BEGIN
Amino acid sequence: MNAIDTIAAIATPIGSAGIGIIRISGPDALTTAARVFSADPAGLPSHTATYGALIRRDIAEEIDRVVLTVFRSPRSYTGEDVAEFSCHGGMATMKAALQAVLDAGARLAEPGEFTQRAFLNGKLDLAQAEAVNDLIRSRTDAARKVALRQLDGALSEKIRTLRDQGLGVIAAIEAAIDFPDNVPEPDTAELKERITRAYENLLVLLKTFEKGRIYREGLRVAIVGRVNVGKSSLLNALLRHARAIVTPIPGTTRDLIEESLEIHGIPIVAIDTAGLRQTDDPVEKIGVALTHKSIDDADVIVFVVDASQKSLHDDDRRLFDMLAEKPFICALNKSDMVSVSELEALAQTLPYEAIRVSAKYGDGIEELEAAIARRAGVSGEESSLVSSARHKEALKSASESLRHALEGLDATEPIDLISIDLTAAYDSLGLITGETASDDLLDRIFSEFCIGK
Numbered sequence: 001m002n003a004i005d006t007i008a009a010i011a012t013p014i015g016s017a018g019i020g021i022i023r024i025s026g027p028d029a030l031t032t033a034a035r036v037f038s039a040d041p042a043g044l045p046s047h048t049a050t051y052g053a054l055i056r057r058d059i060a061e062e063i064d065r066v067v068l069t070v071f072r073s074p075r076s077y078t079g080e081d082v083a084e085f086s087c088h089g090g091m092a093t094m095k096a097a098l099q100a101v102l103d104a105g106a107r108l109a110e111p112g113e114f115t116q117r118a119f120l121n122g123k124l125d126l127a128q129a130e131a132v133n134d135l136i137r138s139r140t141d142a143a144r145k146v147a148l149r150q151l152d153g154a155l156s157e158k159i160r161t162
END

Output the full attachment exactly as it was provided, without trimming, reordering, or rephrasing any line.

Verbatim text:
Amino acid sequence: MNAIDTIAAIATPIGSAGIGIIRISGPDALTTAARVFSADPAGLPSHTATYGALIRRDIAEEIDRVVLTVFRSPRSYTGEDVAEFSCHGGMATMKAALQAVLDAGARLAEPGEFTQRAFLNGKLDLAQAEAVNDLIRSRTDAARKVALRQLDGALSEKIRTLRDQGLGVIAAIEAAIDFPDNVPEPDTAELKERITRAYENLLVLLKTFEKGRIYREGLRVAIVGRVNVGKSSLLNALLRHARAIVTPIPGTTRDLIEESLEIHGIPIVAIDTAGLRQTDDPVEKIGVALTHKSIDDADVIVFVVDASQKSLHDDDRRLFDMLAEKPFICALNKSDMVSVSELEALAQTLPYEAIRVSAKYGDGIEELEAAIARRAGVSGEESSLVSSARHKEALKSASESLRHALEGLDATEPIDLISIDLTAAYDSLGLITGETASDDLLDRIFSEFCIGK
Numbered sequence: 001m002n003a004i005d006t007i008a009a010i011a012t013p014i015g016s017a018g019i020g021i022i023r024i025s026g027p028d029a030l031t032t033a034a035r036v037f038s039a040d041p042a043g044l045p046s047h048t049a050t051y052g053a054l055i056r057r058d059i060a061e062e063i064d065r066v067v068l069t070v071f072r073s074p075r076s077y078t079g080e081d082v083a084e085f086s087c088h089g090g091m092a093t094m095k096a097a098l099q100a101v102l103d104a105g106a107r108l109a110e111p112g113e114f115t116q117r118a119f120l121n122g123k124l125d126l127a128q129a130e131a132v133n134d135l136i137r138s139r140t141d142a143a144r145k146v147a148l149r150q151l152d153g154a155l156s157e158k159i160r161t162